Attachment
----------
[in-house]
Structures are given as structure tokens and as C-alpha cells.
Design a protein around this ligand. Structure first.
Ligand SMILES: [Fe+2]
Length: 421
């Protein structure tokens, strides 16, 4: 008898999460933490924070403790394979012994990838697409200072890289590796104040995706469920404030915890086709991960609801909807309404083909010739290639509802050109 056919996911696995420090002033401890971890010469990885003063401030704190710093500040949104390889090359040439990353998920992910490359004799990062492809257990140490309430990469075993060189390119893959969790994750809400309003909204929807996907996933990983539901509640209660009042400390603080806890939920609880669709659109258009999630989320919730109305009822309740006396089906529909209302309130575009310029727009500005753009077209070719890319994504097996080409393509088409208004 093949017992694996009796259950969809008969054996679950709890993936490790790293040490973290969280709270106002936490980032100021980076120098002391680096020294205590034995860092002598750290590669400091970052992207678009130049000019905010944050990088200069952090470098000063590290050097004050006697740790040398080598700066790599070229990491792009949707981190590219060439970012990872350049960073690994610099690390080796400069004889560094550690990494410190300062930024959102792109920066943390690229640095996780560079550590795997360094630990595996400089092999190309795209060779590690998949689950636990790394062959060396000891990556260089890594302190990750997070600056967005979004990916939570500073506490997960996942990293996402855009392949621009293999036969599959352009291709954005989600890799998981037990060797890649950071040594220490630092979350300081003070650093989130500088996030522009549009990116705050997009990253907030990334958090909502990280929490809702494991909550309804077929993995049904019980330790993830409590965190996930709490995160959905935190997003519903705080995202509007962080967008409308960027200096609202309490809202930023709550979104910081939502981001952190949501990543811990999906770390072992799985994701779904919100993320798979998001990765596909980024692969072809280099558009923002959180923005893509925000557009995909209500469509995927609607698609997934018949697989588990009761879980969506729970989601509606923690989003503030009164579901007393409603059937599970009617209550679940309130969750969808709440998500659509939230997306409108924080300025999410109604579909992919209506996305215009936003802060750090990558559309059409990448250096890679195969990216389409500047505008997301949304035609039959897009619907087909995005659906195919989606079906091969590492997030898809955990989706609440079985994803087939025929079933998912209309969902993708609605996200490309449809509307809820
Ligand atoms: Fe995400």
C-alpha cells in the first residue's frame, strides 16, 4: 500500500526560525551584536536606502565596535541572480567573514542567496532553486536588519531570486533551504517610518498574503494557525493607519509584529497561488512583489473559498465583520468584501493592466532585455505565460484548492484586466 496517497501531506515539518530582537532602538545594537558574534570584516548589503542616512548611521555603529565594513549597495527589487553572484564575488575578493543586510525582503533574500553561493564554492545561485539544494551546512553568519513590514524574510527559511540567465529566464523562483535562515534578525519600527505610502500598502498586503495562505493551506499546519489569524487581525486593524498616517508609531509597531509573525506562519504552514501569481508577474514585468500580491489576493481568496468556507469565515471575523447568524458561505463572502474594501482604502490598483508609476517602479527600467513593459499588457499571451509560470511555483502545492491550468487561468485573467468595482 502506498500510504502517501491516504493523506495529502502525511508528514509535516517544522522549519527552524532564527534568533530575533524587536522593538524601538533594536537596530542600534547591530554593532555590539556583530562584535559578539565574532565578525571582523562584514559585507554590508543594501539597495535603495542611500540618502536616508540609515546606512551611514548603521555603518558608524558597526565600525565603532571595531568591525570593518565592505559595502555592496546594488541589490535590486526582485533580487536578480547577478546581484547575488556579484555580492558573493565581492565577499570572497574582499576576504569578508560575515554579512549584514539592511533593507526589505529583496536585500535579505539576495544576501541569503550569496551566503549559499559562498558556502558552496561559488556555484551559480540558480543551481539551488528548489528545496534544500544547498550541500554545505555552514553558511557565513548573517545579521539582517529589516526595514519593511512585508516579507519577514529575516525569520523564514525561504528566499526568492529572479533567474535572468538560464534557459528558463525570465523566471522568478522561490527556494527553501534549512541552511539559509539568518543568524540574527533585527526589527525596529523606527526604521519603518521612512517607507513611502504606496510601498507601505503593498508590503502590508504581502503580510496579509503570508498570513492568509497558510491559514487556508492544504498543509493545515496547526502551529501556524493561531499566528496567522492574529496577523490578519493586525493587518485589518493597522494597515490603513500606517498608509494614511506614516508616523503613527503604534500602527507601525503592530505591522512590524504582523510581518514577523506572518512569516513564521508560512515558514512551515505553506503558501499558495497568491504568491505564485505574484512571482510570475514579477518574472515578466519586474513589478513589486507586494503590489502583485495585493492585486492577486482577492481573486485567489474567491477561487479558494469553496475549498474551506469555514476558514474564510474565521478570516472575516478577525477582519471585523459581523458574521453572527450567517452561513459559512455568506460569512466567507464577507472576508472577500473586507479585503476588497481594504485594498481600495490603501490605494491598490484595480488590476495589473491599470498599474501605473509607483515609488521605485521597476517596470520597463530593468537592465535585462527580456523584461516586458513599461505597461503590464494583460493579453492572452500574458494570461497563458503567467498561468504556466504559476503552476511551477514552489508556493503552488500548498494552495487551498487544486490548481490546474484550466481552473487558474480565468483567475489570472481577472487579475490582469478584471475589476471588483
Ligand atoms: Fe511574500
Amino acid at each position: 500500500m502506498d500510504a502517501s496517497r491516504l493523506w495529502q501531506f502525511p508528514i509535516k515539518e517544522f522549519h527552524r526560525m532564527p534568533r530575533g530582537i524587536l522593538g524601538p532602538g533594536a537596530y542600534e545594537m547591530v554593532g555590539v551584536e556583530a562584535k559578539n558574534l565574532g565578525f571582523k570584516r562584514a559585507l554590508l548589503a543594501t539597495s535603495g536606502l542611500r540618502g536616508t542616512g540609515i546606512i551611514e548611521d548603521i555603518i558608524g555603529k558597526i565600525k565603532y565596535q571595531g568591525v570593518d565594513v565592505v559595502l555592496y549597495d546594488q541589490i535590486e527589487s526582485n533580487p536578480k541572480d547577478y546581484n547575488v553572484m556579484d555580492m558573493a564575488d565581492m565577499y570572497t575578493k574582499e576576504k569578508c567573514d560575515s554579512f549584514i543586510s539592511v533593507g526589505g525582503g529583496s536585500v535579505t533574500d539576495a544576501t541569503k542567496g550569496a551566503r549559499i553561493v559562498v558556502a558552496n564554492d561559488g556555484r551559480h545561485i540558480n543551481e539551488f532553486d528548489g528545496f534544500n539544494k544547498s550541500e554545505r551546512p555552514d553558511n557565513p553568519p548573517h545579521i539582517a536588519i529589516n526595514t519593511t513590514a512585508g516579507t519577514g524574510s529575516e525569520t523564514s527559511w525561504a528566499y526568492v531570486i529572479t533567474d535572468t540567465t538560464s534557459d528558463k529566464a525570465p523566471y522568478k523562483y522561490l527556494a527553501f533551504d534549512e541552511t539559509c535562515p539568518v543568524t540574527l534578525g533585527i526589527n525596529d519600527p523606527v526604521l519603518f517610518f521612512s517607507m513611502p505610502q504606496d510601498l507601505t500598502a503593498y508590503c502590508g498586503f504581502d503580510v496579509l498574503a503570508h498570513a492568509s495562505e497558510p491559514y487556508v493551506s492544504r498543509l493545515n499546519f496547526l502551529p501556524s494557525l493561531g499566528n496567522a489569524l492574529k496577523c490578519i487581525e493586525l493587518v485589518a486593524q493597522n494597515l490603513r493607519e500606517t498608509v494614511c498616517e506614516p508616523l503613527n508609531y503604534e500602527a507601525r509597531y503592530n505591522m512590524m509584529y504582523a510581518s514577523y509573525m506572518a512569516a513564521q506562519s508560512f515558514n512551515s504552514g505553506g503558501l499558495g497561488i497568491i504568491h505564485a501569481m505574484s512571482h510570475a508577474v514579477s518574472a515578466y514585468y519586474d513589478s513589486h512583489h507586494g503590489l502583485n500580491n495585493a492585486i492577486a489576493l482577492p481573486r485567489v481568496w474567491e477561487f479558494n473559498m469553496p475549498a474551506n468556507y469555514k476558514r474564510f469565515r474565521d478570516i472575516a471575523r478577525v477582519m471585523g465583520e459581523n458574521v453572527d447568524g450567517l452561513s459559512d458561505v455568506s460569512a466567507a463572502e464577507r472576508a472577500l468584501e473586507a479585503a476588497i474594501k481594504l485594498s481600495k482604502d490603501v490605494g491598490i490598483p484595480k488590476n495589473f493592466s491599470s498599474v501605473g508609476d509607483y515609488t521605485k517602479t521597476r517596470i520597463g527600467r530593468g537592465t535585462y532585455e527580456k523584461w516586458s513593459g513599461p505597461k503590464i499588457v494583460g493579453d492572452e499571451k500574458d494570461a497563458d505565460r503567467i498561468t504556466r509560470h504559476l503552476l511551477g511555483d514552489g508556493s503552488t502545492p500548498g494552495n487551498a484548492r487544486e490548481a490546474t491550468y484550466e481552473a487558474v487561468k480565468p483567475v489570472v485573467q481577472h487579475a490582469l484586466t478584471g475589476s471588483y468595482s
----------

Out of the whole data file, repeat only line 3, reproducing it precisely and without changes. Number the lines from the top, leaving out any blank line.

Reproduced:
Design a protein around this ligand. Structure first.